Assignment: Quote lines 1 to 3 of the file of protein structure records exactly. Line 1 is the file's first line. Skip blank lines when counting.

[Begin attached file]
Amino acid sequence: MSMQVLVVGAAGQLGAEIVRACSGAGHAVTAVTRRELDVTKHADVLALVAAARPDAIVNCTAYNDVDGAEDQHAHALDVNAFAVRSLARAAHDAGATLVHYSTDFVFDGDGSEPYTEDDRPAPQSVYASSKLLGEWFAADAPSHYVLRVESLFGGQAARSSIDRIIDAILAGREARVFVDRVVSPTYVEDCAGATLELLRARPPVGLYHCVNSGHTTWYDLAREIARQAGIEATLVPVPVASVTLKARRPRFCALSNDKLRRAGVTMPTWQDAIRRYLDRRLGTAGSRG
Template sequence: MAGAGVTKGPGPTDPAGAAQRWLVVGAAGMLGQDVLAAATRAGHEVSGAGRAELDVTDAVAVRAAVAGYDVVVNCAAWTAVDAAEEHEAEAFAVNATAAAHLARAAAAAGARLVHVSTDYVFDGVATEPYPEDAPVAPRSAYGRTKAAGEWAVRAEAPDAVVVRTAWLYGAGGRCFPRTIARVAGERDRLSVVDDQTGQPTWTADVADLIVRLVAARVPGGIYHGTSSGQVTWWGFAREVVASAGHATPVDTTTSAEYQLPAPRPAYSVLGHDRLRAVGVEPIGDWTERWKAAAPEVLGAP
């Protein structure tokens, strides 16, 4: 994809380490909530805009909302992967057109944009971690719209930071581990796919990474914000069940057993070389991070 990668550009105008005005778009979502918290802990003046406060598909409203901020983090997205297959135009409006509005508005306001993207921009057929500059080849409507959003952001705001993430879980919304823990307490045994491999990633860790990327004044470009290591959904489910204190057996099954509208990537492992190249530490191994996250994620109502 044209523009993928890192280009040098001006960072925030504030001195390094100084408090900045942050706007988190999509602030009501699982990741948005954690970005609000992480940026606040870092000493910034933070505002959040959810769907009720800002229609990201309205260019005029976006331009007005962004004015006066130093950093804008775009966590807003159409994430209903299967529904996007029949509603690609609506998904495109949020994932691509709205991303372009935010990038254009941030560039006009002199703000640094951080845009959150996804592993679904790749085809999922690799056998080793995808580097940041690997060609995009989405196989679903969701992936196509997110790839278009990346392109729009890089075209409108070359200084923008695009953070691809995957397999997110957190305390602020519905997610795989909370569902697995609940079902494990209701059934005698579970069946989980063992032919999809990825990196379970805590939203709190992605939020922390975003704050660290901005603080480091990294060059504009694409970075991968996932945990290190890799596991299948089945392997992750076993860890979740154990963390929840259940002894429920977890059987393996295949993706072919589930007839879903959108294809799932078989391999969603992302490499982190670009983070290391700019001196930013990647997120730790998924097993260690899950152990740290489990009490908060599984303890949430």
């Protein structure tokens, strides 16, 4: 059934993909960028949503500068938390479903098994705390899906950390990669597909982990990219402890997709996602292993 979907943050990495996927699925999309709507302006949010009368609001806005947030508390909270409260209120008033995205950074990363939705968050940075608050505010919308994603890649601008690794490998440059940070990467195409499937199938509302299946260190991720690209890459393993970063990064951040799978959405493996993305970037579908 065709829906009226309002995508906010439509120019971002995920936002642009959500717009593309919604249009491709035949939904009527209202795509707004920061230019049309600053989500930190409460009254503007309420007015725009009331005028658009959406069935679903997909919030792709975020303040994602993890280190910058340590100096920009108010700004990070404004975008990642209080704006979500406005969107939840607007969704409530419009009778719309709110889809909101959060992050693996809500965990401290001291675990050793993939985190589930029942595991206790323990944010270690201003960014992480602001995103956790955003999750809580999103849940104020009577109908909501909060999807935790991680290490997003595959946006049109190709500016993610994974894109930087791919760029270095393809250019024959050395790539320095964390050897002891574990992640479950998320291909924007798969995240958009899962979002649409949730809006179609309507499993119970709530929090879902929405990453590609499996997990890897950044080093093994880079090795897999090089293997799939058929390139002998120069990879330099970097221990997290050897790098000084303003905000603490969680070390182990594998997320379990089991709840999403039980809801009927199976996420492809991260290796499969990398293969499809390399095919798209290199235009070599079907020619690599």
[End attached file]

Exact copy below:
Amino acid sequence: MSMQVLVVGAAGQLGAEIVRACSGAGHAVTAVTRRELDVTKHADVLALVAAARPDAIVNCTAYNDVDGAEDQHAHALDVNAFAVRSLARAAHDAGATLVHYSTDFVFDGDGSEPYTEDDRPAPQSVYASSKLLGEWFAADAPSHYVLRVESLFGGQAARSSIDRIIDAILAGREARVFVDRVVSPTYVEDCAGATLELLRARPPVGLYHCVNSGHTTWYDLAREIARQAGIEATLVPVPVASVTLKARRPRFCALSNDKLRRAGVTMPTWQDAIRRYLDRRLGTAGSRG
Template sequence: MAGAGVTKGPGPTDPAGAAQRWLVVGAAGMLGQDVLAAATRAGHEVSGAGRAELDVTDAVAVRAAVAGYDVVVNCAAWTAVDAAEEHEAEAFAVNATAAAHLARAAAAAGARLVHVSTDYVFDGVATEPYPEDAPVAPRSAYGRTKAAGEWAVRAEAPDAVVVRTAWLYGAGGRCFPRTIARVAGERDRLSVVDDQTGQPTWTADVADLIVRLVAARVPGGIYHGTSSGQVTWWGFAREVVASAGHATPVDTTTSAEYQLPAPRPAYSVLGHDRLRAVGVEPIGDWTERWKAAAPEVLGAP
């Protein structure tokens, strides 16, 4: 994809380490909530805009909302992967057109944009971690719209930071581990796919990474914000069940057993070389991070 990668550009105008005005778009979502918290802990003046406060598909409203901020983090997205297959135009409006509005508005306001993207921009057929500059080849409507959003952001705001993430879980919304823990307490045994491999990633860790990327004044470009290591959904489910204190057996099954509208990537492992190249530490191994996250994620109502 044209523009993928890192280009040098001006960072925030504030001195390094100084408090900045942050706007988190999509602030009501699982990741948005954690970005609000992480940026606040870092000493910034933070505002959040959810769907009720800002229609990201309205260019005029976006331009007005962004004015006066130093950093804008775009966590807003159409994430209903299967529904996007029949509603690609609506998904495109949020994932691509709205991303372009935010990038254009941030560039006009002199703000640094951080845009959150996804592993679904790749085809999922690799056998080793995808580097940041690997060609995009989405196989679903969701992936196509997110790839278009990346392109729009890089075209409108070359200084923008695009953070691809995957397999997110957190305390602020519905997610795989909370569902697995609940079902494990209701059934005698579970069946989980063992032919999809990825990196379970805590939203709190992605939020922390975003704050660290901005603080480091990294060059504009694409970075991968996932945990290190890799596991299948089945392997992750076993860890979740154990963390929840259940002894429920977890059987393996295949993706072919589930007839879903959108294809799932078989391999969603992302490499982190670009983070290391700019001196930013990647997120730790998924097993260690899950152990740290489990009490908060599984303890949430």